Ontario needs much more up-to-date data about the spread of COVID-19 in the community before the provincial economy can be fully reopened, epidemiologists warn.
As Ontario’s economy begins to lurch back to life this week with curbside pick-up available Monday at retail stores with street entrances, crucial data on the prevalence of the virus in the community is still lacking.
While in theory we should be able to figure out how many people have the virus in the community — those cases not in long-term care facilities, retirement homes and hospitals — this has proved impossible with any degree of accuracy. The Star showed last week that delays, inconsistencies in the way cases are reported and data gaps mean no one can say for sure how far the virus may be spreading outside of the province’s institutional settings.
“It’s like trying to point a flashlight at a moving mouse in a dark room. With lagging data, you’re always pointing the light to where the mouse was, not where it currently is,” said Raywat Deonandan, an associate professor and epidemiologist with the University of Ottawa, who noted that data delays are largely unavoidable but add a layer of difficulty to decision-making.
“The challenge is in making resource decisions today about a situation that is likely days old.”
Currently, Public Health Ontario publicly reports COVID-19 cases and deaths through its integrated Public Health Information System (iPHIS), which relies on local public health units to manually enter detailed case information. The Star has found this reporting system has been prone to underreporting the up-to-date number of cases. The publicly reported version of the data also does not say where there are clusters in the community.
The Ministry of Long-Term Care separately publishes its own data on cases and deaths in long-term-care facilities. Because these numbers do not require the manual entry of detailed case information, the ministry’s numbers have been more up to date than those coming out of iPHIS, meaning comparison between the two sets of information is not possible.
Dr. David Williams, the province’s chief medical officer of health, said Monday that of 308 new COVID-19 cases reported in Ontario in the previous 24 hours, somewhere between 140 and 160 are in the community. He said officials are working to cut down the amount of time it takes to get confirmation on the true number of community cases — a process that he said last week could take as many as seven days.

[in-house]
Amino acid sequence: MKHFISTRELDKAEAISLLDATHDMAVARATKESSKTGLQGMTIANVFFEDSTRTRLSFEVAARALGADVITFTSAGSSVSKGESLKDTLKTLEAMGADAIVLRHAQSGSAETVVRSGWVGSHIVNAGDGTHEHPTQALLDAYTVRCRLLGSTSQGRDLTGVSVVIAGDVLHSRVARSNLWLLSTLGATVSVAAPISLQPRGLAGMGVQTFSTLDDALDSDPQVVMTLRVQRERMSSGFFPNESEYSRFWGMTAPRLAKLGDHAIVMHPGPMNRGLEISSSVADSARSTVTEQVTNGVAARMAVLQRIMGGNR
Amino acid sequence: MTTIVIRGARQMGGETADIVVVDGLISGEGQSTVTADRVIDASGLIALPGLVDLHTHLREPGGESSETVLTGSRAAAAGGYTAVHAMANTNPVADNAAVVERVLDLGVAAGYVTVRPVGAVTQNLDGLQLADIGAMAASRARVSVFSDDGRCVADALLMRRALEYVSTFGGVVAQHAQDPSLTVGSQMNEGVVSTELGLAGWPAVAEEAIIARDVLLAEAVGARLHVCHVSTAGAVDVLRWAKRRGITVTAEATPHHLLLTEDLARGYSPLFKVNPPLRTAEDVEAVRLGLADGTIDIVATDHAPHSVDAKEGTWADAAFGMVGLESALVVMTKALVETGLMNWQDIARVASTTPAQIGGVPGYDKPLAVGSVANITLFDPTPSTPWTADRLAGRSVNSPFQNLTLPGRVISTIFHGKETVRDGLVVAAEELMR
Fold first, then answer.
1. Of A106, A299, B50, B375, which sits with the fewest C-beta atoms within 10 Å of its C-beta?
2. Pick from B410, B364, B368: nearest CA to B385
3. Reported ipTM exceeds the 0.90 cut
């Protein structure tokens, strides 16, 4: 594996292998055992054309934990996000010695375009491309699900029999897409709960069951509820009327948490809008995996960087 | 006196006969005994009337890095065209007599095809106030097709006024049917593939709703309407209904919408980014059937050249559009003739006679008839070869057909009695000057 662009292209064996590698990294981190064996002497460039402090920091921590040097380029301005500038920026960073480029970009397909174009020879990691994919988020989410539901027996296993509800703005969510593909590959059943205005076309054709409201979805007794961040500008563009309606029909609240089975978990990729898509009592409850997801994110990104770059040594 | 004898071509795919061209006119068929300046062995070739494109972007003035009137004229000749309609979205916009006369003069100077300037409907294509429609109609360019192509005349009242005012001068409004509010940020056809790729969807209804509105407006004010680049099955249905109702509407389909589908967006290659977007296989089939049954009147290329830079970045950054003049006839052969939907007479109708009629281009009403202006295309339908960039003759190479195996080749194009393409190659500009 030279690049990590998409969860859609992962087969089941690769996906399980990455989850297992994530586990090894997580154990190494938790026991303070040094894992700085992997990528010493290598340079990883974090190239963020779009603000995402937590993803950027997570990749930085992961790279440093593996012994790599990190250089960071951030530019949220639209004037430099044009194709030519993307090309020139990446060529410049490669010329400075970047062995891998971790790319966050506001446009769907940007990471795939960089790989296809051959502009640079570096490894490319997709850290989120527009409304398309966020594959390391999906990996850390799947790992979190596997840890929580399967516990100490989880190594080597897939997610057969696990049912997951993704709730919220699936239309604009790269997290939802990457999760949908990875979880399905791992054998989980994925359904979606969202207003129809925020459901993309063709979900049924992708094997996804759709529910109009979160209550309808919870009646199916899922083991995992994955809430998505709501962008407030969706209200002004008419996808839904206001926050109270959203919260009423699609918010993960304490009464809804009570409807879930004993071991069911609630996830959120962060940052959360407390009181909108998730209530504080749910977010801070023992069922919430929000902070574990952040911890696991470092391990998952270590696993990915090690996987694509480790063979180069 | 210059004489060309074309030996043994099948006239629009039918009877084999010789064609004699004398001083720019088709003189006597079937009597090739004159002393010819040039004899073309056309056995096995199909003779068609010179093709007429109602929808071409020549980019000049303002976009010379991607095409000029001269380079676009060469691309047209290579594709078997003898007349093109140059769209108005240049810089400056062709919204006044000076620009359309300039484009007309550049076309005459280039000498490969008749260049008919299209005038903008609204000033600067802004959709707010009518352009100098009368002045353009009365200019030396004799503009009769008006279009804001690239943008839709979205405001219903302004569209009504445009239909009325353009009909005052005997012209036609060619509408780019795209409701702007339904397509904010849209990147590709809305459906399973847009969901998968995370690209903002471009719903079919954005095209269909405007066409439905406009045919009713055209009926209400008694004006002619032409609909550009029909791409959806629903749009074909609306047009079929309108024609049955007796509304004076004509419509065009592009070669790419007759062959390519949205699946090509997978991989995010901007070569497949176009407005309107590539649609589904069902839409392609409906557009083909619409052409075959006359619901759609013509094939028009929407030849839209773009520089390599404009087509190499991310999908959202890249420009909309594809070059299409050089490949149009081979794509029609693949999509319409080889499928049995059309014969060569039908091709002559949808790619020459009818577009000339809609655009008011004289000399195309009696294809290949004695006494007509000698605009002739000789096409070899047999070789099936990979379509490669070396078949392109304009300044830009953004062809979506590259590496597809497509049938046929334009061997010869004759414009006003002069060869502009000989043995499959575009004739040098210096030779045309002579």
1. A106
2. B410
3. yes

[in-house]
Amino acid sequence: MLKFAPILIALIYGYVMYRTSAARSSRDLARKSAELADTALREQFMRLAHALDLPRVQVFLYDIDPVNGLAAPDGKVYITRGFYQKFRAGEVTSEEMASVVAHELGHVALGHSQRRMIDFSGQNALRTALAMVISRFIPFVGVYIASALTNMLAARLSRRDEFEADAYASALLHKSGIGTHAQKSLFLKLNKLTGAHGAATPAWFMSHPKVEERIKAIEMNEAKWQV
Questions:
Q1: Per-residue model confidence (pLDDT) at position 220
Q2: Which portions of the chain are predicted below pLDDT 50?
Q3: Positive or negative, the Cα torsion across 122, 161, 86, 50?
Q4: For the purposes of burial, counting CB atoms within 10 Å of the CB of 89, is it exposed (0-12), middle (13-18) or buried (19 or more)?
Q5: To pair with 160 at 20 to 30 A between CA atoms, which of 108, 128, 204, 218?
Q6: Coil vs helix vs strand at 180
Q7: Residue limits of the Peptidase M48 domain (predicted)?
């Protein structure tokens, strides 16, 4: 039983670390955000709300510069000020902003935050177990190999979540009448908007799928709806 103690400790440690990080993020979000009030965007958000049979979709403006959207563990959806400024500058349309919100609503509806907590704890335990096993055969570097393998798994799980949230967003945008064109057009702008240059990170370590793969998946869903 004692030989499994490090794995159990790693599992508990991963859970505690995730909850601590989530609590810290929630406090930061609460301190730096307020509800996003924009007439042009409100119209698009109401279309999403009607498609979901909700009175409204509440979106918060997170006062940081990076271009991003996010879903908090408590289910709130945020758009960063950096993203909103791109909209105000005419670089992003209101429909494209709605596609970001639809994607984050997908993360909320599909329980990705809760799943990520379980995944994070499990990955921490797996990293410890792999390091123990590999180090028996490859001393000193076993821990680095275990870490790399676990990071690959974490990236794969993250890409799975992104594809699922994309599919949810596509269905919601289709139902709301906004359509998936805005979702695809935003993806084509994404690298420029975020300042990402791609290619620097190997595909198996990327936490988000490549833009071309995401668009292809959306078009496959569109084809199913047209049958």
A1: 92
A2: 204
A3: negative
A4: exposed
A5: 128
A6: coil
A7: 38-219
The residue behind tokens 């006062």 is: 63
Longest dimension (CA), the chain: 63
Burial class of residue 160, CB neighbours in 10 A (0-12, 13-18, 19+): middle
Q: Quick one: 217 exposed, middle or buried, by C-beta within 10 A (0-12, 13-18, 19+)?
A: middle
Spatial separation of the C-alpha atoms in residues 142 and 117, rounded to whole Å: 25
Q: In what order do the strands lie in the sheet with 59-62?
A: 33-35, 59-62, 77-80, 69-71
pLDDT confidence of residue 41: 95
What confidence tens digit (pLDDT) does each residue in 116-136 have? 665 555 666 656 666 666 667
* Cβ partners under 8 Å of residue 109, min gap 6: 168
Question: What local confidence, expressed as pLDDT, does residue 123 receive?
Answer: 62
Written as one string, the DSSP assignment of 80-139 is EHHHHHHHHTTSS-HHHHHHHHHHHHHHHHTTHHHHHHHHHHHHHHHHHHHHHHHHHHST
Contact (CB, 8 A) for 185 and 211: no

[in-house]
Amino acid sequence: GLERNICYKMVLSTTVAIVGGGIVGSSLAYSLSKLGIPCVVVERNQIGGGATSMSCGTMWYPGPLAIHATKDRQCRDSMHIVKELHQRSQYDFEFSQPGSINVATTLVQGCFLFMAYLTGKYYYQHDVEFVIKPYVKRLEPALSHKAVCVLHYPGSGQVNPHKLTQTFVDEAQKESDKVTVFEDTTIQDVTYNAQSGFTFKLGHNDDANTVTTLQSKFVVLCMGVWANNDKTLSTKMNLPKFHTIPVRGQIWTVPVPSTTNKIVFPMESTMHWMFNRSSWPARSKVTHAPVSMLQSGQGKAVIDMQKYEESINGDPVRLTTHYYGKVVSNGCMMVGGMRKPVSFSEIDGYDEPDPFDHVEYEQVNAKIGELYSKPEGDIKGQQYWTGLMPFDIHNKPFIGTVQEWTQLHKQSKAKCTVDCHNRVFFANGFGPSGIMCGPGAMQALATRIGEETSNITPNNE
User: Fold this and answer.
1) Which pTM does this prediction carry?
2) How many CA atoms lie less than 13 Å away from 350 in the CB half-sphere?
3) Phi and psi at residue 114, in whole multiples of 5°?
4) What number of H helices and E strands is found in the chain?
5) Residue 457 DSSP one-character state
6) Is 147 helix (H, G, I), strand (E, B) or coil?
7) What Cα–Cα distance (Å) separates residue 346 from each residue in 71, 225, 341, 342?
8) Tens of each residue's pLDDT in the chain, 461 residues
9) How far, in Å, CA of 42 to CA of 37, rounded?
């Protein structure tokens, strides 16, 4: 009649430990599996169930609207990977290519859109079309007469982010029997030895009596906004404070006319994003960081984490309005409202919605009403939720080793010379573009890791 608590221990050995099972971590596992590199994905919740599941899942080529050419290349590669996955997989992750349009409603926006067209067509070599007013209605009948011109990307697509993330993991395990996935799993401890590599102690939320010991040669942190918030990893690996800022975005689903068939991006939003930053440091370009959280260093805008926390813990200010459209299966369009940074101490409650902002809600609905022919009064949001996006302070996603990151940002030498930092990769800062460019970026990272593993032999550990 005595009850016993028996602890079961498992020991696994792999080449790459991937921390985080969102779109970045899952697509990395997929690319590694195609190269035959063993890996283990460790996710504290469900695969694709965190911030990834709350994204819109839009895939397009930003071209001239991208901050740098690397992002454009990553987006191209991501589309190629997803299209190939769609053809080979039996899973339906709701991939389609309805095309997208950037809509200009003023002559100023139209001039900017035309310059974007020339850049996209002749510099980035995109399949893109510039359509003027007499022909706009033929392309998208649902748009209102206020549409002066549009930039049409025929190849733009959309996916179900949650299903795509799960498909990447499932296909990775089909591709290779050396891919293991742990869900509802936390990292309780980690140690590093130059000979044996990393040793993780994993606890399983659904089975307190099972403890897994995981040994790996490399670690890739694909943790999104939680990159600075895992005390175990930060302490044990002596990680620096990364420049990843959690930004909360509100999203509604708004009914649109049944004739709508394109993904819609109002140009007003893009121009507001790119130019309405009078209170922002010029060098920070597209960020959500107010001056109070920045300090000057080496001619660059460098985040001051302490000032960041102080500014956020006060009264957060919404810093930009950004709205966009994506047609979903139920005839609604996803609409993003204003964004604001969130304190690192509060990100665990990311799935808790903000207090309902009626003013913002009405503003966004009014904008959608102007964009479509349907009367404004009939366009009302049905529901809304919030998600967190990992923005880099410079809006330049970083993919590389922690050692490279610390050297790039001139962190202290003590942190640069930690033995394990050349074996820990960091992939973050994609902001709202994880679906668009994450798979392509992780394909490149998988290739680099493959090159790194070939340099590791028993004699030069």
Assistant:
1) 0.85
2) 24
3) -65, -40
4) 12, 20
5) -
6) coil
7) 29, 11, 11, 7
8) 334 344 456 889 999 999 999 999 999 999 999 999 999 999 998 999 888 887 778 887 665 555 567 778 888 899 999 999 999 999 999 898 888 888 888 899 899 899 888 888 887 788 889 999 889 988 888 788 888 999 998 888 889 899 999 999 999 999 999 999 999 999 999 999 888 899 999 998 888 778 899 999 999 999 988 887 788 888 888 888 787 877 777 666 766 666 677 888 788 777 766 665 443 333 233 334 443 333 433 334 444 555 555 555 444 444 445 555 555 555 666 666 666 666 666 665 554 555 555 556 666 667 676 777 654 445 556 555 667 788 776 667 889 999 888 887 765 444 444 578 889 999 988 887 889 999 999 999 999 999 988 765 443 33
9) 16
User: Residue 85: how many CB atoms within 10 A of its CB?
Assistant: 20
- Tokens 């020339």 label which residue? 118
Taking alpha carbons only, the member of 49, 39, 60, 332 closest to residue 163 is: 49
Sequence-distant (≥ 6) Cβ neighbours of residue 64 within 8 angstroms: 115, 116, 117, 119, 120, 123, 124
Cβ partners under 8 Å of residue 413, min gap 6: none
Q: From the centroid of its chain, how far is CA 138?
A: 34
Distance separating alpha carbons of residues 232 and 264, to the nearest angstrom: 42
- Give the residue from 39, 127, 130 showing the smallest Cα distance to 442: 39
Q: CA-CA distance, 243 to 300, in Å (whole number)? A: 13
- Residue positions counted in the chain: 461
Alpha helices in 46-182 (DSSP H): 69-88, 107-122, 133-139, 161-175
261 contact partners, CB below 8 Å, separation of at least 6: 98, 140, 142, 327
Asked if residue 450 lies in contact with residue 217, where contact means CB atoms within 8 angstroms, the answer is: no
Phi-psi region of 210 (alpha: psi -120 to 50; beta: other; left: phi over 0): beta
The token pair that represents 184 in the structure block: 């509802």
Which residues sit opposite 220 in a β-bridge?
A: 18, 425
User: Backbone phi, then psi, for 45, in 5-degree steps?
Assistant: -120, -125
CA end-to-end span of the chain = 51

Delays could result from people getting tested for the virus at assessment centres outside their home health units or lab slips filled out with incomplete information, Williams said, meaning that cases may not be getting entered into iPHIS quickly. He said local public health units are aiming to ramp up contact tracing so that 90 per cent of the people who came into contact with someone who tested positive for the virus are notified within 24 hours after the test result. This should speed up local public health units’ entering of cases into the database, he said.
Williams added that Public Health Ontario is moving toward indicating on its website which cases resulted from community spread.
“All things are moving ahead on that and hopefully soon to give you that information on a daily basis,” he said.
As of 5 p.m. Monday, the Star tallied 21,947 confirmed or probable cases of COVID-19, including 1,773 deaths, using data from local public health units. These data are more up-to-date than what the province publishes through iPHIS, which reported 20,546 confirmed cases Monday and 1,660 deaths.
“I know that there’s an urgency to open the economy for various reasons, but if you’re basing it off of data that you’re seeing today, it’s not the full picture,” said Todd Coleman, epidemiologist and assistant professor in health sciences at Wilfrid Laurier University.
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“If we still have any extent of community level spread and you start reopening things, that’s not ideal in terms of trying to reduce the potential for transmissions,” he said.
Under ideal circumstances, “you would want the most up-to-date information to get an accurate reflection of what current spread looks like,” Coleman said.
The incomplete data may give a false sense of security that leads people to stray from physical distancing guidelines, Deonandan said. People may “falsely assume that because the majority of growth is in residences … the open communities are totally safe.”
“We must be diligent in our public health discipline to prevent a resurgence of cases,” he said.